Research shows that varying experiences in three main areas of EX—social, work, and organization—explain most of the discrepancy in how employees perceive their journey within the company. When it comes to the first core area of experience, organizations looking to enhance the social element should examine social climate, wellbeing, remote collaboration, and ever-evolving relationships with managers, customers, and colleagues. To truly influence work experience requires prioritizing flexibility and leveraging technology to support remote collaboration and productivity. Adapting growth and development opportunities to meet individual needs is critical as these elements impact lives within and beyond the organization. The digital experience has become paramount to EX as research indicates that if employees have technology that supports their work, they are 230% more engaged and 85% more likely to stay in the company for more than three years. The third core area, organization, revolves around purpose, brand, and culture. The organization element is dependent upon the ability of leaders to reinforce company values. It is crucial that employees align and connect to the organizational purpose and mission.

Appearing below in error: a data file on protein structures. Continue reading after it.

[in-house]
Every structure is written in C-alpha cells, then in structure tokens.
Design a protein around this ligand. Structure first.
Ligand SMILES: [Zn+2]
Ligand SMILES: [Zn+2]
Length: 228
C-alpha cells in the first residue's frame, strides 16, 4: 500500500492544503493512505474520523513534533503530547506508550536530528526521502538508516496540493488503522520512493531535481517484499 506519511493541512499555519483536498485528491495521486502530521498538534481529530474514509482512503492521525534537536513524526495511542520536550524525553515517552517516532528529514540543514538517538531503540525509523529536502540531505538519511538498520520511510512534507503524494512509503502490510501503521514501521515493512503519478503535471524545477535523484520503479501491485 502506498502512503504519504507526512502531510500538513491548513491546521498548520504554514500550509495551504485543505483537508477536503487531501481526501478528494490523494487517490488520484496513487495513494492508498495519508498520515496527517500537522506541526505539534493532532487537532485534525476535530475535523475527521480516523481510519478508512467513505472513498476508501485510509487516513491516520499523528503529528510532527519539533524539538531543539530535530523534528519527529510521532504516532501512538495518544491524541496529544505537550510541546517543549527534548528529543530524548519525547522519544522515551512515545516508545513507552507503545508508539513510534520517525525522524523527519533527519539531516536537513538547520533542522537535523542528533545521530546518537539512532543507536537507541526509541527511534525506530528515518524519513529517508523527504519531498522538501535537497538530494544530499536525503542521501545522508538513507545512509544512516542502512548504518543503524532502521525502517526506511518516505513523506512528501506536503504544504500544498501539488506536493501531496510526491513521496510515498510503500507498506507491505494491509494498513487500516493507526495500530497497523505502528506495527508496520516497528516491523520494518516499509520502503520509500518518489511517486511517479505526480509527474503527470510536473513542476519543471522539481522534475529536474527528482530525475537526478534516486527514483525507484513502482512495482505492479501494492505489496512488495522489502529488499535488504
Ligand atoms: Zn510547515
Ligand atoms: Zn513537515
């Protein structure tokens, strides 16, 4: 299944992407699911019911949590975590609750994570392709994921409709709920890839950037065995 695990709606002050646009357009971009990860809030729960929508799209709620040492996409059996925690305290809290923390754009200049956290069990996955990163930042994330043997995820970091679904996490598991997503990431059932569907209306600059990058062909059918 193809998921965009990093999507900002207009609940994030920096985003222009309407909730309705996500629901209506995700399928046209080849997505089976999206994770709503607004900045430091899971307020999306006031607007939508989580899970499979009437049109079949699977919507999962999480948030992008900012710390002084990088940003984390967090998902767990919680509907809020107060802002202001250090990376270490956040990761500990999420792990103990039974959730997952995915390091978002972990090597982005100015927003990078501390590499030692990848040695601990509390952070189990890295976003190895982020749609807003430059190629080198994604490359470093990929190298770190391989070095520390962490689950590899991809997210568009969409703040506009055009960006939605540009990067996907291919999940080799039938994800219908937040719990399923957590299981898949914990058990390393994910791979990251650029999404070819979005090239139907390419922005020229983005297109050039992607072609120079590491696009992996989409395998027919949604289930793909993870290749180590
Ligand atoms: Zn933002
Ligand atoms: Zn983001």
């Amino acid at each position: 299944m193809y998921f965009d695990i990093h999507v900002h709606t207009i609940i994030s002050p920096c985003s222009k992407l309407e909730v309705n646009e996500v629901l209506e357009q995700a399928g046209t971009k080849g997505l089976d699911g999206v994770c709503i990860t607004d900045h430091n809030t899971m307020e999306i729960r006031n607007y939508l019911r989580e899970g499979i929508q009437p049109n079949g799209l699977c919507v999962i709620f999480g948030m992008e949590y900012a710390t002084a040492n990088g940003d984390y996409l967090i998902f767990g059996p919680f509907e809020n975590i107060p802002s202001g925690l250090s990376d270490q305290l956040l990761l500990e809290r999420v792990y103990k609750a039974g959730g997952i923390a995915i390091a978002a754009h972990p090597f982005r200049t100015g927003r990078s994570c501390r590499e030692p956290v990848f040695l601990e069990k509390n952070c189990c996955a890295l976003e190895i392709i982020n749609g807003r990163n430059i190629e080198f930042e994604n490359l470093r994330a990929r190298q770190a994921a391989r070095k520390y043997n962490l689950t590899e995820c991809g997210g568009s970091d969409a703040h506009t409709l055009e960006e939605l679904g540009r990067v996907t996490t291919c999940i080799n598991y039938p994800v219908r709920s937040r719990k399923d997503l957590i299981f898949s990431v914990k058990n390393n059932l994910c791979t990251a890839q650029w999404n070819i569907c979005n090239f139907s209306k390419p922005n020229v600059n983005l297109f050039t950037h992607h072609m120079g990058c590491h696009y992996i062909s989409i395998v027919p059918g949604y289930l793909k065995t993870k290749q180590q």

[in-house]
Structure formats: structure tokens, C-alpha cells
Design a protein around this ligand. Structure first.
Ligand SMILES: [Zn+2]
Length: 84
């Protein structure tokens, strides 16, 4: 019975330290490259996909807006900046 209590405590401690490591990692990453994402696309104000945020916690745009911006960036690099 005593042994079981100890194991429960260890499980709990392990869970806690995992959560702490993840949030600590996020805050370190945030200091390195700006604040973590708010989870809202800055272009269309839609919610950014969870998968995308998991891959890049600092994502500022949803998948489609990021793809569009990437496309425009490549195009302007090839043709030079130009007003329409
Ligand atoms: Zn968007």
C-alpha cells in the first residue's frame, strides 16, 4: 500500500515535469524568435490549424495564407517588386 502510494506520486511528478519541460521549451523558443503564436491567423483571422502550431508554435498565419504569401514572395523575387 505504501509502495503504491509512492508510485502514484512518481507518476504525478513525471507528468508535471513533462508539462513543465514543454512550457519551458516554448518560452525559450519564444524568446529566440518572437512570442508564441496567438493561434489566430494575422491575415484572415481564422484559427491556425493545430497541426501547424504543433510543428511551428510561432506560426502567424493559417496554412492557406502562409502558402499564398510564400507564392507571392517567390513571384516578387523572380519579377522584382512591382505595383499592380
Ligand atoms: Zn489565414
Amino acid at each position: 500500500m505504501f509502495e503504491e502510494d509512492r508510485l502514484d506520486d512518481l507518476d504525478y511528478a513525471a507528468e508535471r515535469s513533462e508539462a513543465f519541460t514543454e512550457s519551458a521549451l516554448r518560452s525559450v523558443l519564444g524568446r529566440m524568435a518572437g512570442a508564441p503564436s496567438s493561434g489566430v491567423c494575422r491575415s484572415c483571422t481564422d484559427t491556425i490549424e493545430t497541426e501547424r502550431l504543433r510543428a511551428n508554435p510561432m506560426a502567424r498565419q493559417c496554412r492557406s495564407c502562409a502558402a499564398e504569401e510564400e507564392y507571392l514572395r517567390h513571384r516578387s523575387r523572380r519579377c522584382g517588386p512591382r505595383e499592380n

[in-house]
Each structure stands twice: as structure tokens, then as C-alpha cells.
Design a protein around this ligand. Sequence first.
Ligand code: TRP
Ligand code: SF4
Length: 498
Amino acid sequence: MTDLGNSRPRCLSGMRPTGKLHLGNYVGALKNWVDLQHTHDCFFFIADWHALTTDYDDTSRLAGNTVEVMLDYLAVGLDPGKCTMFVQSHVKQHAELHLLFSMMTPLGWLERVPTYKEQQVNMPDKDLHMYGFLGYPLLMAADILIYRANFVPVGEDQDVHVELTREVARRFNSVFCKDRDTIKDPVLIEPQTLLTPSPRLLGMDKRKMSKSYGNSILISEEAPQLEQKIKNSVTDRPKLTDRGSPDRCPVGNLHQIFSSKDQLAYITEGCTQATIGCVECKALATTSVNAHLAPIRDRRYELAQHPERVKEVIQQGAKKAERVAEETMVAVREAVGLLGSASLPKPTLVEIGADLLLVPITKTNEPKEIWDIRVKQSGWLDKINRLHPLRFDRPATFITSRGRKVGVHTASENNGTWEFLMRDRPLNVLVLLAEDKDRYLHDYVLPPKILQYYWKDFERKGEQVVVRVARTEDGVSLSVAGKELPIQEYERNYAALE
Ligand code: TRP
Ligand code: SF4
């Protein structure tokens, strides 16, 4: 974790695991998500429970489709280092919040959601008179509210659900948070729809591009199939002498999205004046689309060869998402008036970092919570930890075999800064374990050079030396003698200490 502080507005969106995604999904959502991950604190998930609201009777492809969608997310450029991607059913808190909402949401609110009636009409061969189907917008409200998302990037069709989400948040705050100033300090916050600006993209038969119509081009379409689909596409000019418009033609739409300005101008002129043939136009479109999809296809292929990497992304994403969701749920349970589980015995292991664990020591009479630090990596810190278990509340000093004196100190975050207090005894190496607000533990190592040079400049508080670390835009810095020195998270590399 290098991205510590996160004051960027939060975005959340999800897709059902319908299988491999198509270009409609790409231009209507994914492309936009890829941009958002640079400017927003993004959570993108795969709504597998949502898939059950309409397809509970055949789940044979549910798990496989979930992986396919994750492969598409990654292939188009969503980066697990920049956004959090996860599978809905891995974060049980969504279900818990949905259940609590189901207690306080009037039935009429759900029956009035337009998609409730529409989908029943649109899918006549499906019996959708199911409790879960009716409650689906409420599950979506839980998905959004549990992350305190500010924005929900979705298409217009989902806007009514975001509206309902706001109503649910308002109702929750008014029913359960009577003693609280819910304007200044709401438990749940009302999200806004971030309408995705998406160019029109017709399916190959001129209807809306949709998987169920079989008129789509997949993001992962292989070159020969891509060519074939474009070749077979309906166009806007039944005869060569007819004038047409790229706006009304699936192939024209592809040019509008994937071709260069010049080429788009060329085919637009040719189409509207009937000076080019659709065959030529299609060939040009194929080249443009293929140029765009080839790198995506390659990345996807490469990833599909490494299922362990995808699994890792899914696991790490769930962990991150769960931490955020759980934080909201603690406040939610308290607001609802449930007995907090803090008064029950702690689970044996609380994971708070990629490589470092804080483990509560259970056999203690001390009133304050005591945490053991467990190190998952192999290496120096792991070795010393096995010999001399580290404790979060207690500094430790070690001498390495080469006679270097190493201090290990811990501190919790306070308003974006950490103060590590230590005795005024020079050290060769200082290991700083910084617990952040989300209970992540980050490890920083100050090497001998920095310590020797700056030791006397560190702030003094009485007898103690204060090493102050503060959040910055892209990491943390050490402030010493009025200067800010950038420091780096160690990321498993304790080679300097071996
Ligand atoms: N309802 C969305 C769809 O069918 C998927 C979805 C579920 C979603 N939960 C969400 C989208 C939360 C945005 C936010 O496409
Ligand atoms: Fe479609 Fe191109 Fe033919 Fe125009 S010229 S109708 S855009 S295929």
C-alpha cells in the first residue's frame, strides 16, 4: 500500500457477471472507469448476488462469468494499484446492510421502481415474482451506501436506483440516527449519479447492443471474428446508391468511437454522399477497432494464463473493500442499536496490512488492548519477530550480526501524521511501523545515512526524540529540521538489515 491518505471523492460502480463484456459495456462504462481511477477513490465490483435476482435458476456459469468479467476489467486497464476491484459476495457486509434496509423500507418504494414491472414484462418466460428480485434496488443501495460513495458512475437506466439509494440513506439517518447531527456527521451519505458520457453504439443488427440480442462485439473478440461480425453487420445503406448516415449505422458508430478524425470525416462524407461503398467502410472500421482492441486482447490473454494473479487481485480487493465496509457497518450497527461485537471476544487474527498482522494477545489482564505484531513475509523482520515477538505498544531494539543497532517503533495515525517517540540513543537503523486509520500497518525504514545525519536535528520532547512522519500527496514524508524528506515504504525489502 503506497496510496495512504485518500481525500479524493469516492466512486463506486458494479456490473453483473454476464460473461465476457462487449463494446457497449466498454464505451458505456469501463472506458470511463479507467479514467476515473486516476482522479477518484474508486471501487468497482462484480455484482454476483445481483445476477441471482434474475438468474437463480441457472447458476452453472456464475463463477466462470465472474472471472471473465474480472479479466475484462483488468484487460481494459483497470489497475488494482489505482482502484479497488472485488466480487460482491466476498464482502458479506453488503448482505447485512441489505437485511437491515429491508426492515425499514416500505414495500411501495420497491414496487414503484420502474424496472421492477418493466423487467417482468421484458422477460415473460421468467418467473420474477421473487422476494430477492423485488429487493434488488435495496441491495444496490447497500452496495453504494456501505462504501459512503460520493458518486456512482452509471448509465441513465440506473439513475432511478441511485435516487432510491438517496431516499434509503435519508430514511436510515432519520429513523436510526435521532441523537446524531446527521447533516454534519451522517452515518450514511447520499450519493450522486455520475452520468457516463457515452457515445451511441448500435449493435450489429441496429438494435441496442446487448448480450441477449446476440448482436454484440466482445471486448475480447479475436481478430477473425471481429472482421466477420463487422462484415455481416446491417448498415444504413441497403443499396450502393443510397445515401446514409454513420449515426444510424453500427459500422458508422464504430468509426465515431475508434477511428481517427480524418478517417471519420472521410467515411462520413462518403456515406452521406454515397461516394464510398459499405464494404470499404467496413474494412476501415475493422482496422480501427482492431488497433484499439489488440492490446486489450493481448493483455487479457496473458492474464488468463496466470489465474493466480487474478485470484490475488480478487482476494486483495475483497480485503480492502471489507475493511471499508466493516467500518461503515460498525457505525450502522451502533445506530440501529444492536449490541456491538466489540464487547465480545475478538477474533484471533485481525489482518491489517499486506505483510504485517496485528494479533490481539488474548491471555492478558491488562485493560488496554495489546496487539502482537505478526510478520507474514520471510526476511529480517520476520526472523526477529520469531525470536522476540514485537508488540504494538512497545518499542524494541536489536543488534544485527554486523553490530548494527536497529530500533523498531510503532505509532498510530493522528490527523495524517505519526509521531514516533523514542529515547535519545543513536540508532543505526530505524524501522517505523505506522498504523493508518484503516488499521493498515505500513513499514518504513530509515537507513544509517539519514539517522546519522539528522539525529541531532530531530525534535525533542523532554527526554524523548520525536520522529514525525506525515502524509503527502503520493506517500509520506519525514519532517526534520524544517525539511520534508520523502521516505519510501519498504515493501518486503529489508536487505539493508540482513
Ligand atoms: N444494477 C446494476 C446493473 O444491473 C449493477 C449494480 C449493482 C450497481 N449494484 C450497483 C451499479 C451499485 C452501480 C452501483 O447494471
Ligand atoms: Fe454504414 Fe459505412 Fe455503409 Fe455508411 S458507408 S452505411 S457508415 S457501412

- Leading with company culture and values- Current and potential employees are keenly watching how organizations move forward post-COVID. Business leaders are faced with three interlinked transformation imperatives to leverage the vast potential of digital technologies, deploy new business models, and have employees thrive in the new world of work. Current and future success hinges on a corporate culture that is open to transformation, adaptable, and authentic. Research shows that 70% of employees feel included when companies are aligned with them on an issue while 67% expect alignment with prospective employers on social issues. To proactively build and communicate culture, leaders should instill a shared purpose and articulate how the organization engages with the broader community. To go one step further, managers can help employees identify the overlap between the company’s purpose and their own. To translate ideas into action in remote and hybrid environments, regular check-in’s can help build trust and solve any issues that may emerge.